Copenhagen is a prime example of what can be achieved when a city’s population embraces pedal power. Over a third of its commuters travel by bike (Copenhagen Council is aiming to make that 50 per cent) and it has 350km of purpose-built cycle paths. All of which makes it fitting that the Danish capital was chosen as host for the world’s pre-eminent urban cycle planning conference, Velo-City Global. Held at the end of June, it was the 30th annual conference of its kind aimed at getting people on their bikes to improve their health, reduce CO2 emissions and ease urban congestion.
“Cycling is one of the fastest growing trends in urban planning around the world,” says Niels Tørsløv, traffic director of Copenhagen City Council and one of the event’s organisers. “We really wanted to have a global perspective this time. Copenhagen has shown how much of a role the bicycle can have in enhancing quality of life. It’s a really simple way to change lives.”
Along with an expo and excursions into the Danish countryside, Velo-City had talks from international transport and city planning experts. These included former mayor of Bogotá Enrique Peñalosa and Janette Sadik-Khan who, as New York’s transport commissioner, has made great strides in making her city more bike-friendly; and the Danish EU commissioner for climate action, Connie Hedegaard.
1 Visitors: Velo-City 2010 had 1,000 delegates from 100 countries.
2 Venues: The conference and expo were held at Øksnehallen and the new CPH Conference Centre.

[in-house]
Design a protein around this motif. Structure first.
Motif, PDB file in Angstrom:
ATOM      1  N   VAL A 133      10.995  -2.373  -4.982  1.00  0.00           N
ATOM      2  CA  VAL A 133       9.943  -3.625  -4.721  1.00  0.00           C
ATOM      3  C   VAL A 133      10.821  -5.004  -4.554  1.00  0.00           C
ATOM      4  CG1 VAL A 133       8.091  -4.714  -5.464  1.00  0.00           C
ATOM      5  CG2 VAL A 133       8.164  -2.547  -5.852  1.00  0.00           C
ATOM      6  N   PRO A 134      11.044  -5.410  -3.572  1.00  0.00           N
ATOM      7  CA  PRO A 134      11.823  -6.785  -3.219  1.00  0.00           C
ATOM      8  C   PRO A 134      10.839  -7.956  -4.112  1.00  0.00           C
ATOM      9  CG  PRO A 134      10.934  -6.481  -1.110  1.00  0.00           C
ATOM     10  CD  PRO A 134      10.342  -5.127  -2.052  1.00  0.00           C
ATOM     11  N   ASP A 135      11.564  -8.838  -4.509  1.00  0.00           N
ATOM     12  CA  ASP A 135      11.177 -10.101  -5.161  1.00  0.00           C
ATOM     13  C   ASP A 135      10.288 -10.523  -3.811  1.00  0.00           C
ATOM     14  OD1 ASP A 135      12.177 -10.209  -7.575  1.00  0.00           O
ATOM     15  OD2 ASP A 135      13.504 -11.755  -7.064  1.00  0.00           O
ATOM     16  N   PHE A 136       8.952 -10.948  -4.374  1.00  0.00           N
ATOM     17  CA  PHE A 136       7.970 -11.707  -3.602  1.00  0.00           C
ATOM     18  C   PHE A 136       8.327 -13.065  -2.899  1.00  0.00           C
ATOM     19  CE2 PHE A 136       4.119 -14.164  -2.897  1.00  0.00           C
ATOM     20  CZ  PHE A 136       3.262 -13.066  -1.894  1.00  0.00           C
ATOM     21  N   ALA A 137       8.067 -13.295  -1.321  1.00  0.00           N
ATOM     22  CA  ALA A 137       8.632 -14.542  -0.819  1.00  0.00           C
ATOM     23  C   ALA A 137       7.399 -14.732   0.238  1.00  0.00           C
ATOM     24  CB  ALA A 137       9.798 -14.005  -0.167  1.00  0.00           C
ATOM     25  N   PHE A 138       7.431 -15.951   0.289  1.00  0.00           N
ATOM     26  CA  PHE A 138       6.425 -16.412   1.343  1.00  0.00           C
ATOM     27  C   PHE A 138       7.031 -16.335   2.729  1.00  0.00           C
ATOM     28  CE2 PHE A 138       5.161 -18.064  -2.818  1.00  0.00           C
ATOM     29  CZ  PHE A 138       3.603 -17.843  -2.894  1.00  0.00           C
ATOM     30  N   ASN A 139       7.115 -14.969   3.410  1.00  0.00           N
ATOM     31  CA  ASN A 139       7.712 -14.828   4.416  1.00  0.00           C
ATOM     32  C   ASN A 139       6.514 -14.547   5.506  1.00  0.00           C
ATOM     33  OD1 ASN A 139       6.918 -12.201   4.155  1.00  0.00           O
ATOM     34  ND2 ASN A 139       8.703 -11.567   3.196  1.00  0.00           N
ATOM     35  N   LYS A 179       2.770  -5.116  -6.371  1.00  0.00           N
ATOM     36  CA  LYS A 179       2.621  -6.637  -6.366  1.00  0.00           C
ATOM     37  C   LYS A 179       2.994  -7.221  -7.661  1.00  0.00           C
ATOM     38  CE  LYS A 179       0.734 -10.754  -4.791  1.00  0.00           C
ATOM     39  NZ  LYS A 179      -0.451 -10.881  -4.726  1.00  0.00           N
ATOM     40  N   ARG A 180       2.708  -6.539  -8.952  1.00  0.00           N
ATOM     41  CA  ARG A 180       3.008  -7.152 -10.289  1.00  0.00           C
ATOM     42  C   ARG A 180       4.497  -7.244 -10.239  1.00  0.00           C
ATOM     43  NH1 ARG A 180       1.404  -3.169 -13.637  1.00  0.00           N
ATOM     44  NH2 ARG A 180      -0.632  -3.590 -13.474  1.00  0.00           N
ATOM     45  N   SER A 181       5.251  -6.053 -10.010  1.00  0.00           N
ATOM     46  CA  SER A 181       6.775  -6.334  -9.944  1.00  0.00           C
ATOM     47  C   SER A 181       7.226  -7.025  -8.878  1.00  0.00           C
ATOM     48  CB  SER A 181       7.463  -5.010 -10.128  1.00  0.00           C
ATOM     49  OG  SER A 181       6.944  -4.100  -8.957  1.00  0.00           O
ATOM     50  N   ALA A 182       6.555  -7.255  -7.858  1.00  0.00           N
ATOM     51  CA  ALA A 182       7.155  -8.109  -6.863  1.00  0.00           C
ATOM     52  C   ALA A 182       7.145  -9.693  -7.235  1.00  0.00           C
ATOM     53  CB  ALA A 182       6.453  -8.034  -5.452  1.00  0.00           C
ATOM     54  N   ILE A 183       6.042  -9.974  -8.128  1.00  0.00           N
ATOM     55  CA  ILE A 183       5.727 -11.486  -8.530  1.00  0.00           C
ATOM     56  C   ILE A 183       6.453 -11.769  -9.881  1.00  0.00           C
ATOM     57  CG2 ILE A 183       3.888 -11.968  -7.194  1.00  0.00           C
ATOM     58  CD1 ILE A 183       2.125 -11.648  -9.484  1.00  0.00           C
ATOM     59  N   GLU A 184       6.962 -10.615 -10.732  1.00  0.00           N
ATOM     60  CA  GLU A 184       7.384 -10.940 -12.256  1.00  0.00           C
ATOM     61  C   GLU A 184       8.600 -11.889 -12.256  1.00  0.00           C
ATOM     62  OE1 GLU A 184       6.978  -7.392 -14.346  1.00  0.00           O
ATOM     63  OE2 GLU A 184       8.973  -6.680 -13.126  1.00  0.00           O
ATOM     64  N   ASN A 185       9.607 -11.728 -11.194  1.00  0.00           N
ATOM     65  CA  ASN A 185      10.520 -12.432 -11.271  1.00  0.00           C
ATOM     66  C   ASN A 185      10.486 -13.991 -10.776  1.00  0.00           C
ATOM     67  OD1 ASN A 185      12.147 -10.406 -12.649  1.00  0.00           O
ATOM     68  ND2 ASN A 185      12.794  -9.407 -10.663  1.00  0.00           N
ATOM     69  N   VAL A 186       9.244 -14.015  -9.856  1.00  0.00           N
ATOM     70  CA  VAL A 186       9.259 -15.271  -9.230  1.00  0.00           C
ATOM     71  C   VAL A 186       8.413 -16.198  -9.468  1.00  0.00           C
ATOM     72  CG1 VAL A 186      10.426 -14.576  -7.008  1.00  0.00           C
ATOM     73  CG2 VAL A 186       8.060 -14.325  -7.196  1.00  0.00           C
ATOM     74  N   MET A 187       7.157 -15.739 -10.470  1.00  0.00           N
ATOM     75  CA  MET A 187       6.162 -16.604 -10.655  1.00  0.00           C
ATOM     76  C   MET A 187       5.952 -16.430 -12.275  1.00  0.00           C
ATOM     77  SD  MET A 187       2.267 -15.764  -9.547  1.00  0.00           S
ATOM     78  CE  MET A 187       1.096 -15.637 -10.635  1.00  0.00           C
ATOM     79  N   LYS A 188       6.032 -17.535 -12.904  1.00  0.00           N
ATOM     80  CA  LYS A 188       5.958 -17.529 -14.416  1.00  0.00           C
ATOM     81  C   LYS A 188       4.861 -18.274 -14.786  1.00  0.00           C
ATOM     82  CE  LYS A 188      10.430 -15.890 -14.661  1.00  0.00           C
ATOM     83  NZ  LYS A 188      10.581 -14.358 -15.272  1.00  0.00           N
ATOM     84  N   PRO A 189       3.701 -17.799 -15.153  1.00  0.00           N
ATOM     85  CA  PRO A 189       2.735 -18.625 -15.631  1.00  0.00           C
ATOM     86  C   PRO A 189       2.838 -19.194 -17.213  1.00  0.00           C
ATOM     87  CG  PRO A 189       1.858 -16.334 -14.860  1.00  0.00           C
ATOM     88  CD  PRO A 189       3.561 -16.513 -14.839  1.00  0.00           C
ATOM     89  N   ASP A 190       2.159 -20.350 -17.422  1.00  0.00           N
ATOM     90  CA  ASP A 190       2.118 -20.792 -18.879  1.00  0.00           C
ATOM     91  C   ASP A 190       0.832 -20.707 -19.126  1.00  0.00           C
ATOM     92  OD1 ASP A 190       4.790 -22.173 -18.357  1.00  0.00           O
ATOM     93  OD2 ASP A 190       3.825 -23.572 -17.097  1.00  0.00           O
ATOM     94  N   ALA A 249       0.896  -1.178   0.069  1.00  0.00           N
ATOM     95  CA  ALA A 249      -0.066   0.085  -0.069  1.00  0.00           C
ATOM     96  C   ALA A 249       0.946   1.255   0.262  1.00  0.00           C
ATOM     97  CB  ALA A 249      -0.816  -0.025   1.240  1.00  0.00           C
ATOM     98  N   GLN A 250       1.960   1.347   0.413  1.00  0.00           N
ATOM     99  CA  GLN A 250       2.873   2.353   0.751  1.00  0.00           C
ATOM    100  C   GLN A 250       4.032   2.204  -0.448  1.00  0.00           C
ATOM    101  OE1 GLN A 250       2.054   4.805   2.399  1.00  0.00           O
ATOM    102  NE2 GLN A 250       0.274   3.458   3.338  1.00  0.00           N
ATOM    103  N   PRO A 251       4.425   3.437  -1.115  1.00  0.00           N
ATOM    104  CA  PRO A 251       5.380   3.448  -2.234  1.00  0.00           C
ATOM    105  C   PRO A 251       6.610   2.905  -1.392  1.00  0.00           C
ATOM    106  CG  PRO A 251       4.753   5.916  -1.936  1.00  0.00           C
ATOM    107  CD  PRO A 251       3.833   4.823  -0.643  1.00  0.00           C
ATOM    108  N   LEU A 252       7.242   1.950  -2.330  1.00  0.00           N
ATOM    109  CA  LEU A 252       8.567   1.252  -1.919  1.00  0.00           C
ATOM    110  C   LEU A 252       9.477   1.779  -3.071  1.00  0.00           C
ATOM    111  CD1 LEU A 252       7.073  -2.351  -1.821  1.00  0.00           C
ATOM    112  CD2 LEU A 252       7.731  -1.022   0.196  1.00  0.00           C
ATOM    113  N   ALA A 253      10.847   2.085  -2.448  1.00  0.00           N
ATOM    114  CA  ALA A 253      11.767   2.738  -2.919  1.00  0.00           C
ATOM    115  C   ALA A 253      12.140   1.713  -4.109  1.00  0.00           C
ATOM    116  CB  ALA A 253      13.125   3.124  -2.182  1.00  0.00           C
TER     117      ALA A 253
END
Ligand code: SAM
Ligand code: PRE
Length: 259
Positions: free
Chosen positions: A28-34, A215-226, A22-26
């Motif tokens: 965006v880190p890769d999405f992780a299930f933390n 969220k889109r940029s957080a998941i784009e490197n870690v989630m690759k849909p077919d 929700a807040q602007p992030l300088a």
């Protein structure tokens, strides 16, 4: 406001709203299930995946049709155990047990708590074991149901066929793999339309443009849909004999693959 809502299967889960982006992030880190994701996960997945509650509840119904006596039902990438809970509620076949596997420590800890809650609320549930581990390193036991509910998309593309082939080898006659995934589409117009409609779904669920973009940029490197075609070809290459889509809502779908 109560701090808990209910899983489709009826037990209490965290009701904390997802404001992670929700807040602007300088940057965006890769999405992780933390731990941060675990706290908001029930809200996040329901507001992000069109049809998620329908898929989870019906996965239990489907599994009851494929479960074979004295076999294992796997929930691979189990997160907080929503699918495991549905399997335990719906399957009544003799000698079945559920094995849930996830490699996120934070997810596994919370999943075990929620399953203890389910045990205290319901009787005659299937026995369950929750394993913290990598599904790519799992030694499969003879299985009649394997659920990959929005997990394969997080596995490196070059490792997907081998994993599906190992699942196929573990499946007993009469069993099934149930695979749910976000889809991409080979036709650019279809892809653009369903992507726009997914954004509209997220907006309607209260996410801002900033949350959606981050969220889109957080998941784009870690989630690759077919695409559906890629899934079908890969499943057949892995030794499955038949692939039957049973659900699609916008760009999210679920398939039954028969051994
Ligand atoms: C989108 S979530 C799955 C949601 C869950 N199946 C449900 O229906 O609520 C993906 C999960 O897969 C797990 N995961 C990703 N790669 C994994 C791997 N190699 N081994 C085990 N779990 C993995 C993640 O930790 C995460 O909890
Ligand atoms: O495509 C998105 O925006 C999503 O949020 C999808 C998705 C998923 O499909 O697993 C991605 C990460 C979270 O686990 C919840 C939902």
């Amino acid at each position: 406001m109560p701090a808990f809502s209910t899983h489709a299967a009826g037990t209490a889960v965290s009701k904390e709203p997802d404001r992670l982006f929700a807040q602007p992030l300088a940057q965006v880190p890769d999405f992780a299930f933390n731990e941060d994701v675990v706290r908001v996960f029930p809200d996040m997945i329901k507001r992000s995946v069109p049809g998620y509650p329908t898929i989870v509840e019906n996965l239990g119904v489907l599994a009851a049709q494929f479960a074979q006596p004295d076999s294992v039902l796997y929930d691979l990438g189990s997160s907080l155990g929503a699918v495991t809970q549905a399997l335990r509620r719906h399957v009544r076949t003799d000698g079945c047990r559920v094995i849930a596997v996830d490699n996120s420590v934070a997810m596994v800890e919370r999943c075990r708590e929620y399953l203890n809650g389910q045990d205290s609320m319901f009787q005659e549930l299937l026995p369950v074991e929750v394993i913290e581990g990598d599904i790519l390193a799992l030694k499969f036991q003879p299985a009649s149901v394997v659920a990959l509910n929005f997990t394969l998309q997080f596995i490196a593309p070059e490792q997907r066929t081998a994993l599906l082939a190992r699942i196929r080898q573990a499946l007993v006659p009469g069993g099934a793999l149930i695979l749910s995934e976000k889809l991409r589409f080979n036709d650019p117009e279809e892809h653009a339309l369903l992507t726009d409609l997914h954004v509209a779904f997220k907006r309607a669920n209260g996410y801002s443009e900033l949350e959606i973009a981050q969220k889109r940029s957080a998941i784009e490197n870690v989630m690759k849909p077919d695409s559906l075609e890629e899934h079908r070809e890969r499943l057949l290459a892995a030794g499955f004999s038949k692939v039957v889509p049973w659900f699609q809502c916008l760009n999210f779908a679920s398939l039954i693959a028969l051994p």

Which cities are leading the way in terms of quality of life?
For me, Munich and Montpellier because they are surrounded by beautiful nature. That’s quality of life: urban structures as well as a marvellous periphery.
Which cities need to try harder?
All the new megacities. They have to learn to shape and steer urbanisation. I’m just back from Shanghai and there I saw only high-rises and business areas.
What are the biggest challenges facing cities today?
Designing mixed-used zones. Megacities are mostly developed without them. This is like the monotonous residential construction we had in post-war Germany. A city is at its best when it’s a melting pot.
How would you change Berlin?
I would improve the public transport system. I’d like to not use my car when commuting but public transport takes twice as long.
Protection by patent laws isn’t enough for the Russian bosses behind Moscow’s innovation city, or “Innograd”, in Skolkovo. Viktor Vekselberg, the billionaire oligarch charged to run the city, has recently announced that it will have its own police force. Russia’s belated answer to Silicon Valley will house 30,000 people and cost €2bn to build over the next four years. Companies locating in Skolkovo will pay little or no tax but the real eyebrow-raiser is the proposal to police it with special forces – an eerie echo of arrangements in Russia’s archipelago of nuclear “closed cities”.
Not every imam who sings the ezan – the five times daily call to prayer – at Istanbul’s 2,975 mosques has a voice like Barry White. So to spare residents’ ears, the Mufti Mustafa Cagrici has introduced a remedial singing school for imams who fail to hit the high notes, and has insisted that their ezan is chanted by a more tuneful cleric in their absence.
Spain’s non-smoking majority
may soon breathe freely in the country’s tapas bars. Following 2006’s partial smoking ban that stamped out smouldering butts in offices but left loopholes for the dining-and-drinking crowd, the Spanish health ministry is pushing through new laws (taking effect in 2011) that would finally prohibit lighting up in all enclosed spaces.
In a country where nearly 30 per cent of people over 16 smoke, stubbing it out might not be so easy, however. The Smokers’ Club for Tolerance has gathered 27,000 signatures against the proposed law, and the Spanish restaurant and bar owners’ federation FEHR is also opposing the move.
Soviet Russia wasn’t known for its green credentials and its legacy is some of the world’s most ecologically unsound cities. None more so than chemical-polluted Dzerzhinsk, east of Moscow. According to a recent report, life expectancy is 42 years for men and 47 for women.